A Unique Application of A Mandibular Repositioning Device to Manage Both Temporomandibular Joint Dysfunction and Sleep-Related Breathing Disorders When Co-existing in the Same Patient.
 
 
In an editorial piece which appeared in The Journal of the Craniomandibular Practice and Sleep4 2013, Dr. Shapira reminded those of us who treat patients with orofacial pain and temporomandibular joint disorders (TMD) that oftentimes, these patients present to our office with a laundry list of symptoms which are seemingly unrelated to “the jaws and teeth” but often improve from our treatment, most notably symptoms such as:
 
• Fibromyalgia
• Chronic fatigue syndrome
• Migraine/tension headache syndrome
• Irritable bowel syndrome
• Mitral valve prolapse syndrome
 
 
Because our understanding of how such conditions might be related, has until more recently been poorly understood, i.e. a medical mystery perhaps, TM disorders have largely been viewed as psycho/social disorders best treated by “psychological therapy and drugs.” These medically unexplained symptoms, are now most often referred to as the Functional Somatic Syndromes8. Because our medical doctors view our treatment of TMD patients as solely orthopedic in nature, there has been a disconnect between medical science and the almost miraculous improvement in the health of many of our patients, TM disorders have for many years, been referred to as The Great Imposter and our treatment protocols as almost voodoo in nature.
 
As Dr. Shapira went on to explain, “Sleep is the magic ingredient that explains many of the amazing improvements seen in treated TMD patients.” Undetected and unmanaged sleep disturbances associated with TMJ disorders will often compromise treatment outcomes and reduce the effectiveness of our treatment to reduce these associated symptoms in TMD patients. Sleep disorders increase systemic inflammation which in turn can adversely affect the cardiovascular system because of the constant cardiac activation occurring during sleep microarousals; these microarousals lead to increased sympathetic dominance of sleep which also been implicated in diabetes and high blood pressure.
 
Newer concepts and techniques for diagnoses and analyses are changing the very nature of how we practice dentistry, which enable us to more fully evaluate and manage our patients. Availing ourselves of current technology and incorporating it into every day protocols of patient assessment will greatly enhance the ability of all dentists to identify patients at risk for sleep-related breathing disorders (SRBD) in our every day practice of Dentistry and because available technology can be delegated to support staff, we can conceivably extend this optimum level of care to every patient we see.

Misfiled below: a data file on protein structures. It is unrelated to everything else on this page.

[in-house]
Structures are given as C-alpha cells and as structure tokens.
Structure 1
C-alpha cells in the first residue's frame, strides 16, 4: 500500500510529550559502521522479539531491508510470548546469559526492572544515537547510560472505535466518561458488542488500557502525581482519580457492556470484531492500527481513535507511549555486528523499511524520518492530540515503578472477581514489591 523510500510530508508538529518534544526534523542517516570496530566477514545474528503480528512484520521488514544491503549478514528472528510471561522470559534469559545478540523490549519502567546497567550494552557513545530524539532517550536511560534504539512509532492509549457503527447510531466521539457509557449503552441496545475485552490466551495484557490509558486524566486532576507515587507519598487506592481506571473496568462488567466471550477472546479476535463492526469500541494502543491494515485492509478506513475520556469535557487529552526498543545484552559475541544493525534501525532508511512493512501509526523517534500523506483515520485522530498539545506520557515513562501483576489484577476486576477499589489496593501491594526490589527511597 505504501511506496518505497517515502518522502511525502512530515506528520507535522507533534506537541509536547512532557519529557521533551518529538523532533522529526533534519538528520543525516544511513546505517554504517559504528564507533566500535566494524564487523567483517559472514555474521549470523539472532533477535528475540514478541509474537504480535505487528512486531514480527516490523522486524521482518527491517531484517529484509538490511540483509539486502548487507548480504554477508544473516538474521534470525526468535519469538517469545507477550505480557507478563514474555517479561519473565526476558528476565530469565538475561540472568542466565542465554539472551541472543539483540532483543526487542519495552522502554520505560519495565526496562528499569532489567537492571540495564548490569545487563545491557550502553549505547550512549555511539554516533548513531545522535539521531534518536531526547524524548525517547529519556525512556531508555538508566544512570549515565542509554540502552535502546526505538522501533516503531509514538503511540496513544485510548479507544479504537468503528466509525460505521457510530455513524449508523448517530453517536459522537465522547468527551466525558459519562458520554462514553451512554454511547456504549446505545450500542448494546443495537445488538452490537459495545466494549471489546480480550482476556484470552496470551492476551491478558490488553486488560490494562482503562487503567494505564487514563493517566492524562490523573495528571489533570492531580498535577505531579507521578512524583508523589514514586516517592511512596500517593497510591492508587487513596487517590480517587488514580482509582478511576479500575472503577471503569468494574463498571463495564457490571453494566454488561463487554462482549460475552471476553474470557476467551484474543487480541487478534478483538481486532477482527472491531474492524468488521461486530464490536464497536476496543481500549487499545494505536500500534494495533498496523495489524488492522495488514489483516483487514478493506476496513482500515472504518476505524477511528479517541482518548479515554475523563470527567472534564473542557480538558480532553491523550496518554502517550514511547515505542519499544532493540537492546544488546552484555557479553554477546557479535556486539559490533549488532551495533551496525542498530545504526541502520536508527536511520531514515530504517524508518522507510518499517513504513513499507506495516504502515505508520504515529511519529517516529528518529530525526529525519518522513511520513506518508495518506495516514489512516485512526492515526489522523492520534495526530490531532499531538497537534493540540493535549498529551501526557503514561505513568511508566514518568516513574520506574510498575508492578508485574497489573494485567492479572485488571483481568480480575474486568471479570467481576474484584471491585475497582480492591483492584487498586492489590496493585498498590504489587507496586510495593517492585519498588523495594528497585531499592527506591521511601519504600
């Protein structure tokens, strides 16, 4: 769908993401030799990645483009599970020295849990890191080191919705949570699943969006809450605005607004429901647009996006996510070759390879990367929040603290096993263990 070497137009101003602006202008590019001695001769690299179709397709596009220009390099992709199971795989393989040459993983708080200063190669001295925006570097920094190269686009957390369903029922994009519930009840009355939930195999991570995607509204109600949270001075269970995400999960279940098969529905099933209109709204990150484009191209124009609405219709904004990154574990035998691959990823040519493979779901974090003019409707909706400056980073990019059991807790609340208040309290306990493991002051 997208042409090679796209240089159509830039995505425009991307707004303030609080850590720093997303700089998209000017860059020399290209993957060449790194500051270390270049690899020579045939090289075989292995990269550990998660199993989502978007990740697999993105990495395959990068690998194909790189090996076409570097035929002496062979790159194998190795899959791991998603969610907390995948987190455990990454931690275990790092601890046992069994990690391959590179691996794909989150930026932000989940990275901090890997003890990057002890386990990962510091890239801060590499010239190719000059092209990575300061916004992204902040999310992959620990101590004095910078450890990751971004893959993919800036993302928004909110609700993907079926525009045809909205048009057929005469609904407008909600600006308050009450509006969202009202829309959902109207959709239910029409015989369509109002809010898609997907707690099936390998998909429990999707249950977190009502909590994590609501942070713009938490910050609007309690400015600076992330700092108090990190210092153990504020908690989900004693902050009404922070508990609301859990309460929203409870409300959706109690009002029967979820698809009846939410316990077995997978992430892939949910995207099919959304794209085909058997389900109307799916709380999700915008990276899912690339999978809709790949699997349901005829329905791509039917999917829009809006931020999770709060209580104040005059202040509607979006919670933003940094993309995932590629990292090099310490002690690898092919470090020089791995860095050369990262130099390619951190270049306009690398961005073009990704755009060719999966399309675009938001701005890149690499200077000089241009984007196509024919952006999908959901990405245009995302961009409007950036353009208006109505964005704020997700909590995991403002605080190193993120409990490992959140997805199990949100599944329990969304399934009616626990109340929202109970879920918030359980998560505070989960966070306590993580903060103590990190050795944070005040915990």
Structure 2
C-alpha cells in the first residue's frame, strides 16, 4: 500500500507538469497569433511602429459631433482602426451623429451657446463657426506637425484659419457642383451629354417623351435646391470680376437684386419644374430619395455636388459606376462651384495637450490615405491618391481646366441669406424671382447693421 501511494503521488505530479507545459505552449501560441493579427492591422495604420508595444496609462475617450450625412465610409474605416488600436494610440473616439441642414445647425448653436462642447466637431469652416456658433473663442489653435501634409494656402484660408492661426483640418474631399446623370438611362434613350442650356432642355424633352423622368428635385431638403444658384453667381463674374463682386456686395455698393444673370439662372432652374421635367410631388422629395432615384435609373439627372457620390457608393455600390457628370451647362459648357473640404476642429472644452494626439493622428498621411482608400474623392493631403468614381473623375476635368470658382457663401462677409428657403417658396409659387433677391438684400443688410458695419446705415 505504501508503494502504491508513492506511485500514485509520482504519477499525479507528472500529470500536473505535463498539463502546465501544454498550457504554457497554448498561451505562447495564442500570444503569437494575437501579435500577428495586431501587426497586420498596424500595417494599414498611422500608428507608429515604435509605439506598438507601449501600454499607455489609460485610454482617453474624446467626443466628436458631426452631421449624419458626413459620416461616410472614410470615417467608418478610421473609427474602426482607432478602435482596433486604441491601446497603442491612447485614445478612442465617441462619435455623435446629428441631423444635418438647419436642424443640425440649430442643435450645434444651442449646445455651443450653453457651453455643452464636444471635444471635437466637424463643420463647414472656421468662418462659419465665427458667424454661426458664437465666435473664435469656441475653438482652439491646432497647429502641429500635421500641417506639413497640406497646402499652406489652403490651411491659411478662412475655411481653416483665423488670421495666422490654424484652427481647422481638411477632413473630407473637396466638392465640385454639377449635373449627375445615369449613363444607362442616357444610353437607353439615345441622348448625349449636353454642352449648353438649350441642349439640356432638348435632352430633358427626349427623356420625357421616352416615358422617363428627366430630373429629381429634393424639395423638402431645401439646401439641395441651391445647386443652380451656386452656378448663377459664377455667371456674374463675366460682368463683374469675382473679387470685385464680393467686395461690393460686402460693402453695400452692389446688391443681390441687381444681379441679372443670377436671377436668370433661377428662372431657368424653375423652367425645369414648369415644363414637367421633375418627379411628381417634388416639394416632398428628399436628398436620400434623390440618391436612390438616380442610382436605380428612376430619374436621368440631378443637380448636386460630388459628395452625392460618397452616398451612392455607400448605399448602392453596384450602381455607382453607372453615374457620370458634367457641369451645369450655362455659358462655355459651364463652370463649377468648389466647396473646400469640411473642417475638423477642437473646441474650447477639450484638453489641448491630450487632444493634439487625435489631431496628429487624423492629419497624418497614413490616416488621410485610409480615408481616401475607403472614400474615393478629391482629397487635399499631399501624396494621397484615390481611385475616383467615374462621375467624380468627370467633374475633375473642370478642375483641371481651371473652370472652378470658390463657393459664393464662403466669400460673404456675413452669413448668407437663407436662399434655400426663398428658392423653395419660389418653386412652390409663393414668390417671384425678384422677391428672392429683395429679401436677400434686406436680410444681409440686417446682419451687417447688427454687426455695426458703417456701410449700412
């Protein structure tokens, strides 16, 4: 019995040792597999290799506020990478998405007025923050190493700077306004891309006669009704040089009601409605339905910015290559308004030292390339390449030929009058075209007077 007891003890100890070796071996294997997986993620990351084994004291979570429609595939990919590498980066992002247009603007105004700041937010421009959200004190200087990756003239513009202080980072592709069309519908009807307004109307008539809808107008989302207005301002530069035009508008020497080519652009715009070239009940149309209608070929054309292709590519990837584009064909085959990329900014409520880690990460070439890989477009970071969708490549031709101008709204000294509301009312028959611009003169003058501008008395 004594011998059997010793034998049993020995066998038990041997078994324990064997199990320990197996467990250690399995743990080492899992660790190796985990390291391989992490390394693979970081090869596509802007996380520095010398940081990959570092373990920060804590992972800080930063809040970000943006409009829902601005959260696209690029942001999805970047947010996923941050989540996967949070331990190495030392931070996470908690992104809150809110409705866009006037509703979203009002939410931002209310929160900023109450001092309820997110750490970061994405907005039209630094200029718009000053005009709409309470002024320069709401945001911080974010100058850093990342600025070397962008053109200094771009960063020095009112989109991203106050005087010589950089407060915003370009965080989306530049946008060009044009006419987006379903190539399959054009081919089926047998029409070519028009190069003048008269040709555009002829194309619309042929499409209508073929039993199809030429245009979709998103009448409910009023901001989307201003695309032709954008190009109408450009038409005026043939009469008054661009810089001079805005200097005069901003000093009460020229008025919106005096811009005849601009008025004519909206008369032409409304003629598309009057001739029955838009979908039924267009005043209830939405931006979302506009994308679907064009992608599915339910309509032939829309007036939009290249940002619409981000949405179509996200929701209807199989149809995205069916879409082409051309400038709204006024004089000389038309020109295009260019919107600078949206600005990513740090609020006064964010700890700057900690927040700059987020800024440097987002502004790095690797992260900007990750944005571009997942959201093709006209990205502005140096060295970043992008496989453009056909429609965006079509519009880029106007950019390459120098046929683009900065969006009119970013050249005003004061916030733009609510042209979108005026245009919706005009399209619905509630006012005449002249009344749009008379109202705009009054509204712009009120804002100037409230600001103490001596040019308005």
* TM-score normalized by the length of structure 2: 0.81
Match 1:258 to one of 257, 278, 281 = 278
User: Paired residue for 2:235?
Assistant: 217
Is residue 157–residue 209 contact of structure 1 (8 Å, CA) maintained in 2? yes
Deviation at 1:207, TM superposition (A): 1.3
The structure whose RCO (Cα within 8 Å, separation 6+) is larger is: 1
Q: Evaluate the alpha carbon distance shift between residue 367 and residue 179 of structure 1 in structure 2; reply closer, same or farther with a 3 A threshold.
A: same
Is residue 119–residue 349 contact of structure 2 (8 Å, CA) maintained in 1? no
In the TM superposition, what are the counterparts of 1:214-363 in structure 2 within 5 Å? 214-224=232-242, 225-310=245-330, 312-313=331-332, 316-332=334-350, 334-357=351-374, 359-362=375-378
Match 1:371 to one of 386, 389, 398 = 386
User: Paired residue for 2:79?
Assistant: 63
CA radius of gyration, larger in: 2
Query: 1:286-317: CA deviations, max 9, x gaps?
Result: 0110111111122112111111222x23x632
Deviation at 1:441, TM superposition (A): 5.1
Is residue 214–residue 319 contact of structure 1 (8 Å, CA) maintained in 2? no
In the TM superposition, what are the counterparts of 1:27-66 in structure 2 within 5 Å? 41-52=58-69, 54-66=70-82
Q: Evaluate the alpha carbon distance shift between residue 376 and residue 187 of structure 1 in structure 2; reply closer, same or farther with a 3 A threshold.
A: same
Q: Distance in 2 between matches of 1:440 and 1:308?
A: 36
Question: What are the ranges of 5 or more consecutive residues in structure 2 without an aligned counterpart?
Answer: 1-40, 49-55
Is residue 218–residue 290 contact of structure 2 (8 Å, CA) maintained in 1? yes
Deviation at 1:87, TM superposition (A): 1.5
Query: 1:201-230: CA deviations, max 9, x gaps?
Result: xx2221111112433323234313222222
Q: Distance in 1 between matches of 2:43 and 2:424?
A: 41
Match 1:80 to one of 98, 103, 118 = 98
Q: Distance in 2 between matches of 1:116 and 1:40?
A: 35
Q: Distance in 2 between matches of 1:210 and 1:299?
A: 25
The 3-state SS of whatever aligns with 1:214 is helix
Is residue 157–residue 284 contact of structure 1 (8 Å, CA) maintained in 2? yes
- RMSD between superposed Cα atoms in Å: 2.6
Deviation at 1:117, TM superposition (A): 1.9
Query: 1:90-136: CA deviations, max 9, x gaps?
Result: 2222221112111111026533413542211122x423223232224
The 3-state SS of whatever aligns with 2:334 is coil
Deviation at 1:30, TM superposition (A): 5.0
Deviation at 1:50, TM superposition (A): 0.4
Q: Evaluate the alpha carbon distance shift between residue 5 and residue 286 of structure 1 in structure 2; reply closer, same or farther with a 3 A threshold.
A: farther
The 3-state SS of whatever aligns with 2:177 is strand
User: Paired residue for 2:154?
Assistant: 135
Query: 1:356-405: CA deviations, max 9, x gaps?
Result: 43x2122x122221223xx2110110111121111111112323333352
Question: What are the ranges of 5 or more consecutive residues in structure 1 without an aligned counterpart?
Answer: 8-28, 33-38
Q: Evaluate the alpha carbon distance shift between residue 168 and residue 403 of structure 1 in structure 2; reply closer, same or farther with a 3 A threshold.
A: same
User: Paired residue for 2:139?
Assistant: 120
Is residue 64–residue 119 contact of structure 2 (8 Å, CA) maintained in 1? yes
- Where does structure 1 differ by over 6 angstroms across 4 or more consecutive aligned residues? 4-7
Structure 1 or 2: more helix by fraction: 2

Temporomandibular disorders have been linked to sleep disturbances; a chief complaints of a majority of TMD patients is unrefreshing sleep and pain and residual fatigue upon awakening.10-13

In several studies, a majority of TMD patients have reported unrefreshing sleep and furthermore that poor sleep quality and symptoms associated with TMD have a bi-directional relationship. Pain-related awakenings from sleep have been shown to have a profound negative effect upon the intensity and severity of masticatory myofascial pain and pain threshold.1-3 A polysomnographic study studies the prevalence of sleep disorders in TMD patients revealed that 45% of the population of patients studied were diagnosed with one sleep disorder and 26% with two sleep disorders.1 A population of patients whose primary subjective complaints of nighttime teeth grinding were found to have a prevalence of sleep-related breathing disorders, specifically obstructive sleep apnea, of 70%.7 How often do we hear such complaints from many of our non-TMD or sleep disorder patients? It is interesting to note that a repeated prevalence study looking at a general dental population found that 5% of all female and 32% of all male patients who visit their hygienist for recare are likely to have an undiagnosed SRBD.9

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